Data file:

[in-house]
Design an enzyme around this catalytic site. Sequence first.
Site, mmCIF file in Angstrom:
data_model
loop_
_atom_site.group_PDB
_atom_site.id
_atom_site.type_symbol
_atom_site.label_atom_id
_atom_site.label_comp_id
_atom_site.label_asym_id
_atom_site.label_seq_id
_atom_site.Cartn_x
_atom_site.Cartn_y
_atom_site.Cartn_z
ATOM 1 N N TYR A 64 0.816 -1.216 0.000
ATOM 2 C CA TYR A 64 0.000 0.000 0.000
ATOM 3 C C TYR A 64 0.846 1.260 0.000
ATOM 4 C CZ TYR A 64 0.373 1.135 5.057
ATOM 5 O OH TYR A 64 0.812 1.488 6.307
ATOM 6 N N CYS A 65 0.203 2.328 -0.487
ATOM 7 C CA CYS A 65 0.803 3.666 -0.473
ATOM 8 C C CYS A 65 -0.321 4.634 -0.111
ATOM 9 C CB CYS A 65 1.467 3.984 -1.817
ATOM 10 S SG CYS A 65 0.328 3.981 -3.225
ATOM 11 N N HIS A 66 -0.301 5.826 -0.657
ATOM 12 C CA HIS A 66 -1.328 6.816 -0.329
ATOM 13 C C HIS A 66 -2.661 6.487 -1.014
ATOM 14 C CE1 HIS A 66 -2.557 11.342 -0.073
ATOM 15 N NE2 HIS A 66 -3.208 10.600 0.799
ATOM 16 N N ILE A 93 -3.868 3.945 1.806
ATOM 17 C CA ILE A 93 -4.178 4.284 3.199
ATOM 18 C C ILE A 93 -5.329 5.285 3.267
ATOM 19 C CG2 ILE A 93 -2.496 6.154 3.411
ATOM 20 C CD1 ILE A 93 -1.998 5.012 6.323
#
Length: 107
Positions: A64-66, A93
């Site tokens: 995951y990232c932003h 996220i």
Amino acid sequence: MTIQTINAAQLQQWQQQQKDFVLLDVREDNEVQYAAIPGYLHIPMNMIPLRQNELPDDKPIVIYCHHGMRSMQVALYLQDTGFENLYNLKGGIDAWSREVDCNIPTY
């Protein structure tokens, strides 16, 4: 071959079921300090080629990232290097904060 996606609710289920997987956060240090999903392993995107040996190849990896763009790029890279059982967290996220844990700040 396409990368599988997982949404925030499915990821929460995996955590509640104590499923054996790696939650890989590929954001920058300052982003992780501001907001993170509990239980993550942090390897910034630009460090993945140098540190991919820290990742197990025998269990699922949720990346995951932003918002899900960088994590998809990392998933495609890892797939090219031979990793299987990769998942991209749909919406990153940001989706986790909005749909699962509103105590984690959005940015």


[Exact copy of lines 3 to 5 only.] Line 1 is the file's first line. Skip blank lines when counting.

Site, mmCIF file in Angstrom:
data_model
loop_